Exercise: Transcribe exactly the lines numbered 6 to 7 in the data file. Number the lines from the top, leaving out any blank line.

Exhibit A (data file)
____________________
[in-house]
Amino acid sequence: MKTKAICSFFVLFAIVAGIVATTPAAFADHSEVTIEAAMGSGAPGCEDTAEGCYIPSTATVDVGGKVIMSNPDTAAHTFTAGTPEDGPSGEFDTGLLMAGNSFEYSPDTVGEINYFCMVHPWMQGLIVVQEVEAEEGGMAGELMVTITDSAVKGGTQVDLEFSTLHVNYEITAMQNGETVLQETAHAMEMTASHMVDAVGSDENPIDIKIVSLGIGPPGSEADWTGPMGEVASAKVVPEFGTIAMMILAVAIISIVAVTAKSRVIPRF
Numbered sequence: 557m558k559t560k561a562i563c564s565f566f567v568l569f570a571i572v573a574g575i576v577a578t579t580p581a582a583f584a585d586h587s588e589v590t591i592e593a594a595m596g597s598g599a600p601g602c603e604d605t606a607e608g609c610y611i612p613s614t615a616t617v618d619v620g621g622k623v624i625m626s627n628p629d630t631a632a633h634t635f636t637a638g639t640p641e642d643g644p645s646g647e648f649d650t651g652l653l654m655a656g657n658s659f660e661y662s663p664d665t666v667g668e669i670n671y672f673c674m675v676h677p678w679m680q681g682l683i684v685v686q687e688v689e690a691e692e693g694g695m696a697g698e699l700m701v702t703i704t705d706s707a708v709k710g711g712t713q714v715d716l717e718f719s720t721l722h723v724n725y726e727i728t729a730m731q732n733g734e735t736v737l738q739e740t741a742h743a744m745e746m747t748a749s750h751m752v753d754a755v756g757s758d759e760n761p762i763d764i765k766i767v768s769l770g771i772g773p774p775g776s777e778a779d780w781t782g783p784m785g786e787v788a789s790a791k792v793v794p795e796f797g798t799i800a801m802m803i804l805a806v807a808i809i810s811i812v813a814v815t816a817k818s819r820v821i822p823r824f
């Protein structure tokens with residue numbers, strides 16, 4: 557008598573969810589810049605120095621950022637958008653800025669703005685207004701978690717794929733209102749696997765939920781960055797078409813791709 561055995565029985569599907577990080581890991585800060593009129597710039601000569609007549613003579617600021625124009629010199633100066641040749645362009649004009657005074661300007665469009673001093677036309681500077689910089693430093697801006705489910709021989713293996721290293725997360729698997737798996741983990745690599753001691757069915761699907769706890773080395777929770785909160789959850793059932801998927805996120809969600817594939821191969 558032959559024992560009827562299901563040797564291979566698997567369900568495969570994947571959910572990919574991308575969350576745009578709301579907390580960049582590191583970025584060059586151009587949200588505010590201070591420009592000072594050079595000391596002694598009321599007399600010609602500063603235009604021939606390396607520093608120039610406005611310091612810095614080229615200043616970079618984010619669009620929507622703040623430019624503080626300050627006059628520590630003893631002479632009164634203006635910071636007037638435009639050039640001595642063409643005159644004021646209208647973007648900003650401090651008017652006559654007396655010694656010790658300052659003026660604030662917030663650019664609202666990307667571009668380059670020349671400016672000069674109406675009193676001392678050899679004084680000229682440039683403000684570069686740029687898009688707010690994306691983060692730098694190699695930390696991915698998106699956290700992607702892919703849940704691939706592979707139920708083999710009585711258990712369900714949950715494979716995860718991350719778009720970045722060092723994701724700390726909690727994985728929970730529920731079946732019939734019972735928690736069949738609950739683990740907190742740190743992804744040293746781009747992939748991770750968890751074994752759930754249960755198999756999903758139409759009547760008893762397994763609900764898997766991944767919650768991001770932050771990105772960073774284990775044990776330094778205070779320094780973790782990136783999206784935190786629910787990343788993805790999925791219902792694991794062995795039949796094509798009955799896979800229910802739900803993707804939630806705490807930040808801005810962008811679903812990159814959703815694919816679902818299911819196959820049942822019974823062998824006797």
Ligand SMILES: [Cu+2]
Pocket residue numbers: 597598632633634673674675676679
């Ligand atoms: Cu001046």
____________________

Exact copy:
Pocket residue numbers: 597598632633634673674675676679
């Ligand atoms: Cu001046």